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Safety Briefing November 2020

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Welcome to the Advance TRS November 2020 Safety Briefing Personal Protective Equipment (PPE).................................................................................. 3 Insurances................................................................................................................................... 3 Close Calls................................................................................................................................... 3 Worksafe Procedures.............................................................................................................. 3 Life Saving Rules........................................................................................................................ 4 CIRAS - Confidential reporting for Safety .......................................................................... 5 How to spot signs of drug use in others............................................................................ 5 Know the limits on drink driving .......................................................................................... 6 Mental Health Awareness .....................................................................................................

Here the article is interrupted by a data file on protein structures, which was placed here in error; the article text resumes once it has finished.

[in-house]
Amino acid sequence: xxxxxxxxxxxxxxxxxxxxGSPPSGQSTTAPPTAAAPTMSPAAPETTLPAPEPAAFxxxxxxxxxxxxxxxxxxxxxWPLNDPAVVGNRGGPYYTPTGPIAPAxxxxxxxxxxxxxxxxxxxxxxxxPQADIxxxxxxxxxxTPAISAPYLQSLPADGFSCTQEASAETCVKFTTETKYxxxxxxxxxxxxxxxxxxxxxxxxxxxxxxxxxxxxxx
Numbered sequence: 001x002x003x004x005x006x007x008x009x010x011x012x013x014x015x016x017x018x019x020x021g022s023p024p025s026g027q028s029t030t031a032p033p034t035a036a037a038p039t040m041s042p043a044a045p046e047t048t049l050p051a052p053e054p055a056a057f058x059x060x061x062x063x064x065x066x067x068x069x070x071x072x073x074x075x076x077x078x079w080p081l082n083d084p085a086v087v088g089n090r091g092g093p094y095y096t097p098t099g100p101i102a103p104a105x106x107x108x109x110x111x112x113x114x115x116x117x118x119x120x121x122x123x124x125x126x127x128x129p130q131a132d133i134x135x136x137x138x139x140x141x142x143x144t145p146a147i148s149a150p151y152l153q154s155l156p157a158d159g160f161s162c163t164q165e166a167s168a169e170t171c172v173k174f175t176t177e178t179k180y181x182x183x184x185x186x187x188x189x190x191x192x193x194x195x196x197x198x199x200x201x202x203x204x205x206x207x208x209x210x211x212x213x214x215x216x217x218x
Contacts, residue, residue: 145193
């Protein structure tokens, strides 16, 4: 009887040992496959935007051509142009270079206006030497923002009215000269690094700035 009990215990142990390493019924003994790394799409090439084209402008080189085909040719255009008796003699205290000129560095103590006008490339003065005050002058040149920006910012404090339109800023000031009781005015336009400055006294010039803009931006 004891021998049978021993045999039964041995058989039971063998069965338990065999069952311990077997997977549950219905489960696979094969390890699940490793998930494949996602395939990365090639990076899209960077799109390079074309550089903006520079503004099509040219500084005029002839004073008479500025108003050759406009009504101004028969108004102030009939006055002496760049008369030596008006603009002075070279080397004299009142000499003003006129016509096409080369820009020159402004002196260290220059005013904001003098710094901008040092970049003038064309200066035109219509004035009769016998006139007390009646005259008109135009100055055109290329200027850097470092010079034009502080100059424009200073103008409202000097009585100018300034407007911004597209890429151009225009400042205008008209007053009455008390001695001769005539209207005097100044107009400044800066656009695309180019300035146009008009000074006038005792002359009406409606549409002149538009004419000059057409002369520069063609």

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Safety Bulletins and alerts....................................................................................................... 10 Important Contact Information............................................................................................. 15

Important Numbers Business Hours Emergency Number

01483 361 061 Out of Hours Emergency Number

07930 384 505 CIRAS:

0800 4101 101 2


Personal Protective Equipment (PPE) All persons on or near the line and on the lineside shall wear at least the following PPE:

All contractors must:

Wear appropriate PPE as defined by the client.

Inform Advance TRS of any damage, deterioration or lack of PPE.

High visibility upper body clothing with reflective tape which complies with BS EN ISO 20471: 2013 and Railway Group Standard GO/RT3279.

High visibility lower body clothing to BS EN ISO 20471:2013 and Railway Group Standard GO/RT3279.

Report any and all PPE that is ill-fitting.

A safety helmet which complies with BS EN 397: 2012.

Safety footwear which complies with BS EN ISO 20345: 2011, provides support to the ankle, includes mid-sole protection and has a protective toe cap. Where used, steel or other conductive toe caps shall be covered.